If Patagonia ever became independent, its logical capital might be Argentina’s San Carlos de Bariloche, the highest-profile destination in an area explorer Francisco P. Moreno called “this beautiful piece of Argentine Switzerland.” Bariloche, with its incomparable Nahuel Huapi setting, is the Lake District’s largest city, transportation hub, and gateway to Argentina’s first national park. Moreover, in the 1930s, the carved granite blocks and rough-hewn polished timbers of its landmark Centro Cívico set a promising precedent for harmonizing urban expansion with wilder surroundings.
Dating from 1902, Bariloche was slow to grow. When former U.S. president Theodore Roosevelt visited in 1913, he observed:
Bariloche is a real frontier village. . . . It was like one of our frontier towns in the old-time West as regards the diversity in ethnic type and nationality among the citizens. The little houses stood well away from one another on the broad, rough, faintly marked streets.
When Roosevelt crossed the Andes from Chile, Bariloche was more than 400 kilometers from the nearest railroad, but it boomed after completion of the Ferrocarril Roca’s southern branch in 1934. Its rustically sophisticated style has spread throughout the region—even to phone booths. Unrelenting growth, promoted by unscrupulous politicians and developers, has detracted from its Euro-Andean charm. For much of the day, for instance, the Bariloche Center, a multistory monstrosity authorized by the brief and irregular repeal of height-limit legislation, overshadows the Centro Cívico.
As the population has grown from near 50,000 in 1980 to over 110,000 in 2010, its microcentro has become a clutter of chocolate shops, hotels, and timeshares and is notorious for high-school graduation bashes that leave hotel rooms in ruins. Student tourism is declining, in relative terms at least, but Bariloche still lags behind aspirations that were once higher than Cerro Catedral’s ski areas. Like other Patagonian destinations, it booms in the summer months of December, January, and February.
Bariloche holds a unique place in Argentine cinema as the location for Emilio Vieyra’s Sangre de Vírgenes (Blood of the Virgins), a Hammer-style vampire flick that was ahead of its time when shot in 1967 (it’s available on DVD). Perhaps Vieyra envisaged the unsavory things to come, but Bariloche’s bloodsuckers are only part of the story. The city and its surroundings still have much to offer, and at reasonable cost. Many of the best accommodations, restaurants, and other services lie along or near Avenida Bustillo between Bariloche proper and Llao Llao, about 25 kilometers west.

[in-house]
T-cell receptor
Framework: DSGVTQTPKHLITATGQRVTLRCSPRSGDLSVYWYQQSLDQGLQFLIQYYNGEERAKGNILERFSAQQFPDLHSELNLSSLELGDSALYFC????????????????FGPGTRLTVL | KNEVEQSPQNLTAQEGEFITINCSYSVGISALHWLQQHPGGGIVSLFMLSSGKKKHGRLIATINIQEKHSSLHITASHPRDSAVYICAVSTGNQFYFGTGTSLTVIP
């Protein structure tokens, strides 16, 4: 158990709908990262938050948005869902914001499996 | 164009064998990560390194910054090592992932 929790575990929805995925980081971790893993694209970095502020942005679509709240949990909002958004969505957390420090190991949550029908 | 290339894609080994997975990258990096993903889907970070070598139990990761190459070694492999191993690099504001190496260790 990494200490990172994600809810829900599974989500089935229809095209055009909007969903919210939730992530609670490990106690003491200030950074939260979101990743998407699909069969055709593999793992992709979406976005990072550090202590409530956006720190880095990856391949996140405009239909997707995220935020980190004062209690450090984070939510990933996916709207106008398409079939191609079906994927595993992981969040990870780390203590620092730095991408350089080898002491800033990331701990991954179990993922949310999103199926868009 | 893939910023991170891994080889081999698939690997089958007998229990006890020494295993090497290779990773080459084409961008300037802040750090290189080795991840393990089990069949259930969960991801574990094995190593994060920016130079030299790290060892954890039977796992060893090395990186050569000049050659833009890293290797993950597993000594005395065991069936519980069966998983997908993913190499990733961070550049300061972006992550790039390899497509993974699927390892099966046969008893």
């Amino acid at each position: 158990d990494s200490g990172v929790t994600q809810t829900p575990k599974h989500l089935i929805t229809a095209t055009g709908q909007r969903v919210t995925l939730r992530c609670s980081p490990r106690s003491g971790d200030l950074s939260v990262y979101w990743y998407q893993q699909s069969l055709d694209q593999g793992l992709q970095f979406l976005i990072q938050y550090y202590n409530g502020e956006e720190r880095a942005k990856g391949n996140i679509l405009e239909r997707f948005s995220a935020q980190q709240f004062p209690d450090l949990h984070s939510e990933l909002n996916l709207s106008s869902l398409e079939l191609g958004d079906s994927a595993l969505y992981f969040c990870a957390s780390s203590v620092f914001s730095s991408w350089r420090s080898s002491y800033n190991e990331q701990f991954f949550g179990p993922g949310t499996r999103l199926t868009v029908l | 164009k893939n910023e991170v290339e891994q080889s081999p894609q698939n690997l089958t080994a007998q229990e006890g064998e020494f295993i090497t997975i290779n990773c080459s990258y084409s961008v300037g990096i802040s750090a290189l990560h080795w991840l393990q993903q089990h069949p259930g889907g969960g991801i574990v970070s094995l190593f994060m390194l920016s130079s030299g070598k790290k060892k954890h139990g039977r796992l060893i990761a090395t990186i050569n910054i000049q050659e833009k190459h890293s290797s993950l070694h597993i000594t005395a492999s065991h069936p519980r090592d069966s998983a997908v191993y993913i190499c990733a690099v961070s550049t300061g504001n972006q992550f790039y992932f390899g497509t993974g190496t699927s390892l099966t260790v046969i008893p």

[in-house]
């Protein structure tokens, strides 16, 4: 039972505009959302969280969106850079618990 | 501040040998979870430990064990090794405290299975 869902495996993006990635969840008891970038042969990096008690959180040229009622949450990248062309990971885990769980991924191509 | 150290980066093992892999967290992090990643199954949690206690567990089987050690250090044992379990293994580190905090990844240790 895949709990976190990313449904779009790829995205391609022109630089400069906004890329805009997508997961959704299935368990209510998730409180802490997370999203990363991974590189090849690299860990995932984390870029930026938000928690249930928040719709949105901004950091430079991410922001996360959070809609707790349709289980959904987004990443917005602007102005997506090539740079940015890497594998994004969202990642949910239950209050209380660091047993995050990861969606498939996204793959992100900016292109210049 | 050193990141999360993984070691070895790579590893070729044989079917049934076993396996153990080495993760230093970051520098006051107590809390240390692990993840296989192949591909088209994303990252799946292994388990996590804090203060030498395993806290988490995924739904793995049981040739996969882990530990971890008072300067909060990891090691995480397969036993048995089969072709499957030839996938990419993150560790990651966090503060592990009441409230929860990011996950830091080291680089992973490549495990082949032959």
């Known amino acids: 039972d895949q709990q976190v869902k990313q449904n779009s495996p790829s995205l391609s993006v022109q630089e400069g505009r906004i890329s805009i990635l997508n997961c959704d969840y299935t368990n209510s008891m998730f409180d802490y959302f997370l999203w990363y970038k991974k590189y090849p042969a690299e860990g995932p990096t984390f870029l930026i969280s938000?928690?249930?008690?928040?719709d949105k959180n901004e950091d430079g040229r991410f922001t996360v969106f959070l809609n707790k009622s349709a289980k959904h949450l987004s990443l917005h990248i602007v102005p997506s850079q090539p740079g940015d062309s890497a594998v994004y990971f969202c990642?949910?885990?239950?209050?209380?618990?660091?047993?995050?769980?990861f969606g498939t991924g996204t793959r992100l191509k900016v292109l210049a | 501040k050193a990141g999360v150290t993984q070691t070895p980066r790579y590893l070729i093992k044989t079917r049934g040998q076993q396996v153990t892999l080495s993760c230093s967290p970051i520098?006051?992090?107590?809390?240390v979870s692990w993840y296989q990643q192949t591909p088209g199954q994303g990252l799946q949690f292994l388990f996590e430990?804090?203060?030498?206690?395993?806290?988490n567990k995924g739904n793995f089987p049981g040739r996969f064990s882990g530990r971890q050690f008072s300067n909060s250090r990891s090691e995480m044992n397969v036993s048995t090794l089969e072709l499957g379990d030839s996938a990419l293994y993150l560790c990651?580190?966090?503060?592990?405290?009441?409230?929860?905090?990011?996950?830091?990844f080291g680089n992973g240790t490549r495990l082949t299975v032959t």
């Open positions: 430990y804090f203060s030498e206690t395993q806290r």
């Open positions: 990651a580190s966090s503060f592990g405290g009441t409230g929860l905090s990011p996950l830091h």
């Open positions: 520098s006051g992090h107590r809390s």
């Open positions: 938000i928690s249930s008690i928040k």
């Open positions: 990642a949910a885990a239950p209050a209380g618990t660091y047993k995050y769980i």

Sights in Bariloche’s Centro Cívico
Even with the kitsch merchants who pervade the plaza with Siberian huskies and St. Bernards for photographic poses, and the graffiti defacing General Roca’s equestrian statue, the array of buildings that border it would be the pride of many cities around the globe. The view to Lago Nahuel Huapi is a bonus, even when the boxy Bariloche Center blocks the sun.
The Centro Cívico was a team effort, envisioned by architect Ernesto de Estrada in 1936 and executed under APN director Exequiel Bustillo until its inauguration in 1940. When the municipal Torre Reloj (Clock Tower) sounds at noon, figures from Patagonian history appear to mark the hour. The former Correo (post office, but now the tourism office) is one of several buildings of interest, with steep-pitched roofs and arched arcades that offer shelter from inclement weather.
At the Centro Cívico’s northeast corner, Museo de la Patagonia Francisco P. Moreno (Centro Cívico s/n, tel. 0294/442-2309, 10am-12:30pm and 2pm-7pm Tues.-Fri., 10am-5pm Sat., from US$1.25) attempts to place the region (and more) in ecological, cultural, and historical context. Its multiple halls touch on natural history through taxidermy (better than most of its kind); insects (inexplicably including subtropical Iguazú); Patagonia’s population from antiquity to the present; the aboriginal Mapuche, Tehuelche, and Fuegian peoples; caudillo Juan Manuel de Rosas; the “Conquista del Desierto” that displaced the indigenous people; and Bariloche’s own urban development. There is even material on Stanford geologist Bailey Willis, a visionary consultant who did the region’s first systematic surveys in the early 20th century.
Exequiel Bustillo’s brother, architect Alejandro Bustillo, designed the Intendencia del Parque Nacional Nahuel Huapi (Nahuel Huapi National Park Headquarters, San Martín 24), one block north, to harmonize with the Centro Cívico. As a collective national monument, they represent Argentine Patagonia’s best.